NEW YORK -- the great bull market of the 1980s -- alternately prayed for and predicted by most Wall Street executives -- may have checked in quietly, and early, under the name 1979.
While headlines prattled about he dazzing rise in gold and silver prices, the tempting yields on money market mutual funds and the giddying profits to be made on investments as diverse as commodity futures and art, common setocks quietly turned in one of their best performances in years.
Despite a stagnant fourth quarter -- when financial markets were buffeted first by the Federal Reserve's tough new monetary policy and then by the Iranian crisis, oil prices increases and the Soviet invasion of Afghanistan -- the value of the average share of stock on the New York Stock exchange rose 25.7 percent, according to Interactive Data Corp., A financial services firm.
Stock prices on the American Stock Exchange and in the over-the-counter market did even better.
Public perception of the improvement in overall stock prices was clouded by the relatively dismal showing of the most popular measure of stock market performance, the Dow Jones industrial average, which rose only 4.19 percent over the year.
But one year, or even three-quarters of one, does not a long-term bull market make.
The key question is whether investors -- individuals as well as the increasingly important institutions -- will return to buying common stocks.
Many analysts, including institutinal money managers, think they will, although perhaps not with the singleminded fervor with which individual investors bought their "piece of America's growth" in the 1950s and 1960s.
And the predictions of a bull market for the 1980s might not be wishful thinking.
After two decades of steady growth, common stocks reached unsupportably high prices in the early part of the 1970s. But after nearly a decade of lassitude, the once over-valued common stocks are probably the most underpriced investment left.
"Stocks are cheap in relation to just about everything under the sun, including historical measures of price-earnings ratios, yields, other markets of the world and, notably, tangible assets," said Robert S. Salomon Jr. of the investment banking firm Salomon Brothers. For the price of an ounce of gold last week, an investor could have purchased 10 shares of International Business Machines Corp. For the price of a shanty on Capitol Hill, he easily could have purchased 1,500 shares of American Telephone & Telegraph Corp.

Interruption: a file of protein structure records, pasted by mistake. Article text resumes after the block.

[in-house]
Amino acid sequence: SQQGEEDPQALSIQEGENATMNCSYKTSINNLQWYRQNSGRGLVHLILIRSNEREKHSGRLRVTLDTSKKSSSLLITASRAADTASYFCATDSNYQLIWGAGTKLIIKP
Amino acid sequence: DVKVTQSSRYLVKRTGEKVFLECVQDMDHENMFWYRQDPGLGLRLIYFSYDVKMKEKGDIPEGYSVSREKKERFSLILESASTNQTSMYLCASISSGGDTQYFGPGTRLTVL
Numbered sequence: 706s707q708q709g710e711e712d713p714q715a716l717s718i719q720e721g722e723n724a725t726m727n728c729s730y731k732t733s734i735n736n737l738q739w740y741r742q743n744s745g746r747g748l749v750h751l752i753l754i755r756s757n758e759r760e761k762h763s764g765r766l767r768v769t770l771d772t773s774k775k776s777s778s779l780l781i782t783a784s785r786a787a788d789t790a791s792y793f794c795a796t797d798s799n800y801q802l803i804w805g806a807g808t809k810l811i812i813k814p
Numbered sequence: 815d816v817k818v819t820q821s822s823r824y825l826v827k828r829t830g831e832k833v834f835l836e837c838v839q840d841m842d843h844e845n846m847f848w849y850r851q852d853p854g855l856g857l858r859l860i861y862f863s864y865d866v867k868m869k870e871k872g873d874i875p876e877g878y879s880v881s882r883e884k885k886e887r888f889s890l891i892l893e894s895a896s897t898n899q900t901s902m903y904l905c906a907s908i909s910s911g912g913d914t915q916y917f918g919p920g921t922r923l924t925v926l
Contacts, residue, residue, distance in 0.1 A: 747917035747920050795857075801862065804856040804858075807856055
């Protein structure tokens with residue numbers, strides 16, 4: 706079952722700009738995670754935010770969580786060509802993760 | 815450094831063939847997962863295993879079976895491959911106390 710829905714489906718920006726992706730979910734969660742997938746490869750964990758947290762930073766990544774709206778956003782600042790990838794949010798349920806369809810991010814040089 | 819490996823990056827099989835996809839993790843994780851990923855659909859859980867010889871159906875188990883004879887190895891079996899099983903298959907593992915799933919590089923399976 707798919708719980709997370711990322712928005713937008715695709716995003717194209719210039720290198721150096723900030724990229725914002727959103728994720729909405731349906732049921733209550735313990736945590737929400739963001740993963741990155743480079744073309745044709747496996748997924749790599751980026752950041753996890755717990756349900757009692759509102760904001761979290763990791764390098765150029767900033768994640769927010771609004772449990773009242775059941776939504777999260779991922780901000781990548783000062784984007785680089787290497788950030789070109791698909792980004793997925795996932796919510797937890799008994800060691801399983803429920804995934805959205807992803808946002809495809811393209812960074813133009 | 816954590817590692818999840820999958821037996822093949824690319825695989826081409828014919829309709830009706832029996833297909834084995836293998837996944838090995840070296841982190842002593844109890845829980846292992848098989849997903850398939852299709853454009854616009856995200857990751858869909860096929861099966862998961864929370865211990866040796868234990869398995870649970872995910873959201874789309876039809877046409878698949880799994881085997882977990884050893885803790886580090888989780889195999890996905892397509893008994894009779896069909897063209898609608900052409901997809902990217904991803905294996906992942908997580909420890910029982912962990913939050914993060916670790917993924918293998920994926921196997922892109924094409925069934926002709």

But, and herein lies te rub, cheap stocks by themselves do not a bull market make. Until high interest rates come down and investors absorb the inevitable corporate earnings declines that accompany the onset of a recession, the bull market may just have to stay in the wings.
Furthermore, unless investors believe that common stocks are a good investment vehicle, stock prices will remain "cheap".
Interest rates and recessions are short-term problems. Lack of investor faith in common stocks is a long-term problem.
With virtually risk-free corporate bonds yielding not much less than common stocks because of high interest rates, the institutional investors who ae so important to the overall performance of the stock market will continue to buy bonds.
"Stocks are cheap, but they can stay cheap for a long time," said Burton M. Siegel, director of research for Drexel Burnham Lambert Inc. "There hasn't been a bull market in 75 yeary without a secularly declining rate of inflation. Until inflation recedes, interest rates will stay high."
Interest rates have fallen slightly since their peaks of last October and November. The prime rate, which had climbed to 15 3/4 percent, now stands at between 15 percent and 15 1/4 percent.
Analysts look to a recesson in 1980 to ease demand and eventually begin to reduce the rate of inflation. But no one knows how much the double-digit price increases of 1979 will be slowed by a mild recession.